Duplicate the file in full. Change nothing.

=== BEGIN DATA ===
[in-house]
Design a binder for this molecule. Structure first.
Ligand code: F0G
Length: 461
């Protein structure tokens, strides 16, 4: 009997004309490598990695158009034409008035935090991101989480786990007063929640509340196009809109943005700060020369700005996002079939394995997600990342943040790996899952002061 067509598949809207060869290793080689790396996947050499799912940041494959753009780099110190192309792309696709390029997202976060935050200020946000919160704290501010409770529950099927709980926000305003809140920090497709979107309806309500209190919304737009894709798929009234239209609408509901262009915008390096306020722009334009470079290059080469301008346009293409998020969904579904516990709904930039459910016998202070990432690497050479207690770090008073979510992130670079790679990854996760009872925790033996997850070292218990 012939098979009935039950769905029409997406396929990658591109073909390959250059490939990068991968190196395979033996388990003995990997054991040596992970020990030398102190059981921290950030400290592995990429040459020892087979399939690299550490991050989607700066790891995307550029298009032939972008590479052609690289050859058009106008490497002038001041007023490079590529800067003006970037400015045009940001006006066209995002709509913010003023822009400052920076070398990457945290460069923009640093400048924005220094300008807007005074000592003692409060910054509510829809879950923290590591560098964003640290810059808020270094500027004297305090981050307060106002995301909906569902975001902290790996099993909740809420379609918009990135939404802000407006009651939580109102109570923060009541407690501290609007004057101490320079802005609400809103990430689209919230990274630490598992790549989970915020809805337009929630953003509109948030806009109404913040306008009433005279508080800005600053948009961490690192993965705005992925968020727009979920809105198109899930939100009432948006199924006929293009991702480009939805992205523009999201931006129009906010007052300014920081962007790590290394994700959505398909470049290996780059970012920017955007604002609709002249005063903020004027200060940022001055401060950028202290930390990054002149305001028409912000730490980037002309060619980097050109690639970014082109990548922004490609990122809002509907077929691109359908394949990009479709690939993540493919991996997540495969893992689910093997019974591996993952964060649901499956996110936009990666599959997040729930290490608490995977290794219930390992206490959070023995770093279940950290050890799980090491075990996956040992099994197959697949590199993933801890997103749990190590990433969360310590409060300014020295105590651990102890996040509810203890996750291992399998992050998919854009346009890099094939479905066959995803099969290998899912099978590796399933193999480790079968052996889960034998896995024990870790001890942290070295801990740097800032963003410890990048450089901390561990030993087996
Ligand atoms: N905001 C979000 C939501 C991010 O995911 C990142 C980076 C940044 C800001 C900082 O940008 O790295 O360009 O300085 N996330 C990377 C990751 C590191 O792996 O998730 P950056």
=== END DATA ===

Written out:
[in-house]
Design a binder for this molecule. Structure first.
Ligand code: F0G
Length: 461
């Protein structure tokens, strides 16, 4: 009997004309490598990695158009034409008035935090991101989480786990007063929640509340196009809109943005700060020369700005996002079939394995997600990342943040790996899952002061 067509598949809207060869290793080689790396996947050499799912940041494959753009780099110190192309792309696709390029997202976060935050200020946000919160704290501010409770529950099927709980926000305003809140920090497709979107309806309500209190919304737009894709798929009234239209609408509901262009915008390096306020722009334009470079290059080469301008346009293409998020969904579904516990709904930039459910016998202070990432690497050479207690770090008073979510992130670079790679990854996760009872925790033996997850070292218990 012939098979009935039950769905029409997406396929990658591109073909390959250059490939990068991968190196395979033996388990003995990997054991040596992970020990030398102190059981921290950030400290592995990429040459020892087979399939690299550490991050989607700066790891995307550029298009032939972008590479052609690289050859058009106008490497002038001041007023490079590529800067003006970037400015045009940001006006066209995002709509913010003023822009400052920076070398990457945290460069923009640093400048924005220094300008807007005074000592003692409060910054509510829809879950923290590591560098964003640290810059808020270094500027004297305090981050307060106002995301909906569902975001902290790996099993909740809420379609918009990135939404802000407006009651939580109102109570923060009541407690501290609007004057101490320079802005609400809103990430689209919230990274630490598992790549989970915020809805337009929630953003509109948030806009109404913040306008009433005279508080800005600053948009961490690192993965705005992925968020727009979920809105198109899930939100009432948006199924006929293009991702480009939805992205523009999201931006129009906010007052300014920081962007790590290394994700959505398909470049290996780059970012920017955007604002609709002249005063903020004027200060940022001055401060950028202290930390990054002149305001028409912000730490980037002309060619980097050109690639970014082109990548922004490609990122809002509907077929691109359908394949990009479709690939993540493919991996997540495969893992689910093997019974591996993952964060649901499956996110936009990666599959997040729930290490608490995977290794219930390992206490959070023995770093279940950290050890799980090491075990996956040992099994197959697949590199993933801890997103749990190590990433969360310590409060300014020295105590651990102890996040509810203890996750291992399998992050998919854009346009890099094939479905066959995803099969290998899912099978590796399933193999480790079968052996889960034998896995024990870790001890942290070295801990740097800032963003410890990048450089901390561990030993087996
Ligand atoms: N905001 C979000 C939501 C991010 O995911 C990142 C980076 C940044 C800001 C900082 O940008 O790295 O360009 O300085 N996330 C990377 C990751 C590191 O792996 O998730 P950056």